The case for collaborative consumption

This presentation by Rachel Botsman on TED about collaborative consumption is an eye-opener about the power of the Fourth Revolution in the field of consumption.

It gives revolutionary ideas in particular about what to do of the unwanted Christmas presents!

It also gives revolutionary ideas about how our day-to-day behaviors about consumption will be revolutionized.

When you think about it, consumption currently is in the broadcasting stage. The Broadcasting intermediaries are the stores and the department-stores. You buy what they have. They decide which products are being sold. They spend huge money in advertisement to try to influence tastes.

Like publishers will progressively disappear in the field of book and music publishing, so will the broadcasters of consumption. It has started. The infinite shelves of online stores like Amazon reference many more articles, and the collaborative platform of ratings and discussion gives the power to the consumers.

That idea is scary. But so real. We need to understand its intricate consequences.

Consumption broadcasters beware! The Fourth Revolution is on you! If you want to survive, anticipate!


The organization’s social network needs to become open to the outside

The Collaborative Age organization will be open to the outside (see a previous blog post: the organization needs to open itself).

Likewise their social network systems need to open to the outside. That’s even less straightforward.

I was just reading Tony Hsieh’s book on Zappos (‘delivering happiness’) and what struck me is how they leveraged a spirit of collaboration with the outside world through their systems to become successful. Indeed they work with their suppliers in a spirit of collaboration and give them access to sales data which would have been the graal of confidential information in Industrial Age organizations. And it works to leverage the commitment and support of the external world. It becomes aligned with the purpose of the organization.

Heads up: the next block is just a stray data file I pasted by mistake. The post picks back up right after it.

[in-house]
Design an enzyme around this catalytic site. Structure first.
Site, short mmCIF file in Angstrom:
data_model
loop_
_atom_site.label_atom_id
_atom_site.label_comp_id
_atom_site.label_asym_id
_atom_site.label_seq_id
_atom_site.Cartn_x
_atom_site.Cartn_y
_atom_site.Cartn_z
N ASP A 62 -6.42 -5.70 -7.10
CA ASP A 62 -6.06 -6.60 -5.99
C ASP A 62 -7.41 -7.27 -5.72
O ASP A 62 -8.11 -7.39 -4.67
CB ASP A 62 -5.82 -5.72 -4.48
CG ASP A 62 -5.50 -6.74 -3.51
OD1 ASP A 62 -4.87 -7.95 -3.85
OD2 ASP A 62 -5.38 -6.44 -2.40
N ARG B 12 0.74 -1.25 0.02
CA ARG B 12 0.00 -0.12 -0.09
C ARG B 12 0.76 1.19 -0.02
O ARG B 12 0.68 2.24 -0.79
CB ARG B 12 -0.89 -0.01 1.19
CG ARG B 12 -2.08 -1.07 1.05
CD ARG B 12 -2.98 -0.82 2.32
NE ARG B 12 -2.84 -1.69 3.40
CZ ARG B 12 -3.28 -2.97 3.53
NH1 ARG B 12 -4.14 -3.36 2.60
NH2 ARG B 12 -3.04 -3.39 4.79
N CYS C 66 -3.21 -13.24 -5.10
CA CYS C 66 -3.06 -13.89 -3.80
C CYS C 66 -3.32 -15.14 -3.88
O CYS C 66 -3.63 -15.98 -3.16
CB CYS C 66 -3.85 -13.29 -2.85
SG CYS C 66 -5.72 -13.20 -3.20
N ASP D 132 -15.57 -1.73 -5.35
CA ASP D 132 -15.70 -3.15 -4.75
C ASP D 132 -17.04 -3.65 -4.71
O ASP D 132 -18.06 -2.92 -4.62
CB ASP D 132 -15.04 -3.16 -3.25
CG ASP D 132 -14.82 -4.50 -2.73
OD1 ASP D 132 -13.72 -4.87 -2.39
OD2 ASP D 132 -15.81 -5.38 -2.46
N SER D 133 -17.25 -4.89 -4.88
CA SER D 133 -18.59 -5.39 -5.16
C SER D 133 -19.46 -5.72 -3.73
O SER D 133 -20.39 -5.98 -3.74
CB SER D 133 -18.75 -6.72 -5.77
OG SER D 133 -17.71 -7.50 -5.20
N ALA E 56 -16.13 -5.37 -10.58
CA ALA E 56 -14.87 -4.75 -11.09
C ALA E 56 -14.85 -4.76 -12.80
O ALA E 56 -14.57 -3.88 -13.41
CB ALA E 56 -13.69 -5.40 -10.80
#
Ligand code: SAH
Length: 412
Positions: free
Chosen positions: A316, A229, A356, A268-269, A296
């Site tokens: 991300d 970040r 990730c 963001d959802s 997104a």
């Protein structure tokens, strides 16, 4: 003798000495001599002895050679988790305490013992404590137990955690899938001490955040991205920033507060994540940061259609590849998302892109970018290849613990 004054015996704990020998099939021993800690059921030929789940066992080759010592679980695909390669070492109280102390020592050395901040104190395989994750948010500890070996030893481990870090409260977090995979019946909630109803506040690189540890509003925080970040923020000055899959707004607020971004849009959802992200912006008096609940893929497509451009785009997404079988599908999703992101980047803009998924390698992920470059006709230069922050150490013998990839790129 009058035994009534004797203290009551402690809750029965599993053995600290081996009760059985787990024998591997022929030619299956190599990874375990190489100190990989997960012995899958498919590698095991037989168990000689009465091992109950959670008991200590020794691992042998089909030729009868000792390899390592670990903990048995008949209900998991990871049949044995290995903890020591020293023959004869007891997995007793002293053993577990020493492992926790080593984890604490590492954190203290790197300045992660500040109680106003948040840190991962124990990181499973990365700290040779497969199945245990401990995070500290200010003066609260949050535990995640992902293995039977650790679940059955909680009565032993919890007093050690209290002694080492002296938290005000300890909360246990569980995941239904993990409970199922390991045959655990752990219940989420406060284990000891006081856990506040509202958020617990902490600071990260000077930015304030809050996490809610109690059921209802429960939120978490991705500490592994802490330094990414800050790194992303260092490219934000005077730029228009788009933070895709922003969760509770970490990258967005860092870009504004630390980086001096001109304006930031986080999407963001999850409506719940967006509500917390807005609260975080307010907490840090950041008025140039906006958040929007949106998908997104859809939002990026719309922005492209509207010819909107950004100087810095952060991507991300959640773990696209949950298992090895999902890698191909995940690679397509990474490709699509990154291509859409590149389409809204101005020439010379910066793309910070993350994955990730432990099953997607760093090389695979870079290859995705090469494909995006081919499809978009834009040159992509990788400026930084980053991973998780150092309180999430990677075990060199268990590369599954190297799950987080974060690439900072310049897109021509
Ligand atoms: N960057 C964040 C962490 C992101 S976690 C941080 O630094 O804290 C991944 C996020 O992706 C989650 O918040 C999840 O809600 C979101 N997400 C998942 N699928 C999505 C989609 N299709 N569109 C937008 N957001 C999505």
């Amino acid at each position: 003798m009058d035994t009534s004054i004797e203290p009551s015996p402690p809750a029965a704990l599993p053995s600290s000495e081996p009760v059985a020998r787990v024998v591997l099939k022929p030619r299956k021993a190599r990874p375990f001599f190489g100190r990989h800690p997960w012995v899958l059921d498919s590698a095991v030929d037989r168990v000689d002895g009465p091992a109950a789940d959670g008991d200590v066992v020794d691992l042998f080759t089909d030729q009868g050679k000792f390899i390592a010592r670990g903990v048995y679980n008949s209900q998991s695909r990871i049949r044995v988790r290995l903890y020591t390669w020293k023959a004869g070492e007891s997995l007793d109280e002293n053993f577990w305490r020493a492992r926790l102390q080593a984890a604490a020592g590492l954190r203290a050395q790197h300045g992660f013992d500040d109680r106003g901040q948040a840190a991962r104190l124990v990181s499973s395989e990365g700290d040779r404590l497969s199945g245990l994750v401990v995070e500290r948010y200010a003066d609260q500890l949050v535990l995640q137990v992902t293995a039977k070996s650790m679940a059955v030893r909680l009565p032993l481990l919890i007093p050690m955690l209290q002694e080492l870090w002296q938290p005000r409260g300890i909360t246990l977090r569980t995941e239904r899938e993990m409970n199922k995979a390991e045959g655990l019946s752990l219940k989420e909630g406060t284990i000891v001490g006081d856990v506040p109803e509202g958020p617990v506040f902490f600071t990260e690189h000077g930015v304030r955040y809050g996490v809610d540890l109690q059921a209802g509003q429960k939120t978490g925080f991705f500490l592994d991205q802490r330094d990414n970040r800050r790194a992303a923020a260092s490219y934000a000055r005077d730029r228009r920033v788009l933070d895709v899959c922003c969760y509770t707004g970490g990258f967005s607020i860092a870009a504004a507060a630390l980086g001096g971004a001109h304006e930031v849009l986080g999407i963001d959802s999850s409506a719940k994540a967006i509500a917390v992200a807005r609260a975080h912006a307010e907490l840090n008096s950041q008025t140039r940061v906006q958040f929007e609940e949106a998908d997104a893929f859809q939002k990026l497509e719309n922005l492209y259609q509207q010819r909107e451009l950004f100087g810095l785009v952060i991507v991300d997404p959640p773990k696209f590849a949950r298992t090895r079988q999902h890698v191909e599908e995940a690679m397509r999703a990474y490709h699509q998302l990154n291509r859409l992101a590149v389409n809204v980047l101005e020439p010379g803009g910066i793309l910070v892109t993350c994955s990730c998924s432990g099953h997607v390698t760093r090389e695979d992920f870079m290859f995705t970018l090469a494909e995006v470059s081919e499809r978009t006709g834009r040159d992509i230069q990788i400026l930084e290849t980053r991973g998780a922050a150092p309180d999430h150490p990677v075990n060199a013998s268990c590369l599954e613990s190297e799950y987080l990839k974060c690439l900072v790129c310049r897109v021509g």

Likewise a great parameter of Amazon’s renewed success is the openness of their website to the comments of readers and authors.

open close button

By opening its systems to the world the organization leverages on the world’s creativity, and avoids creating internal duplicates which are much less deep and responsive.

We don’t know what’s the recipe for opening the right way, at the right time. But experiments like Zappos seems to show that openness should not be feared, as long as the spirit of collaboration is there.

So, when do you open your internal social network to the world?


Social networks is the foundation of organization’s value creation

Social networks is the foundation of value creation in any organization.

social network

It has always been the case.

Today we can create virtual social networks that span continents and create a much denser connection between individuals.

Hence we have the capability to enhance significantly the flow of value created by the organization.

When do you implement a virtual social network in your organization?


Why organizations don’t implement virtual social networks

Because management is scared.

Because time spent on social networks is not immediately productive. Where is the tangible output?

Because reinforcing the informal organization dis-empowers the formal hierarchy.

Because management feels it looses control.

Because if we allow employees to write what they want, they might sabotage the organization.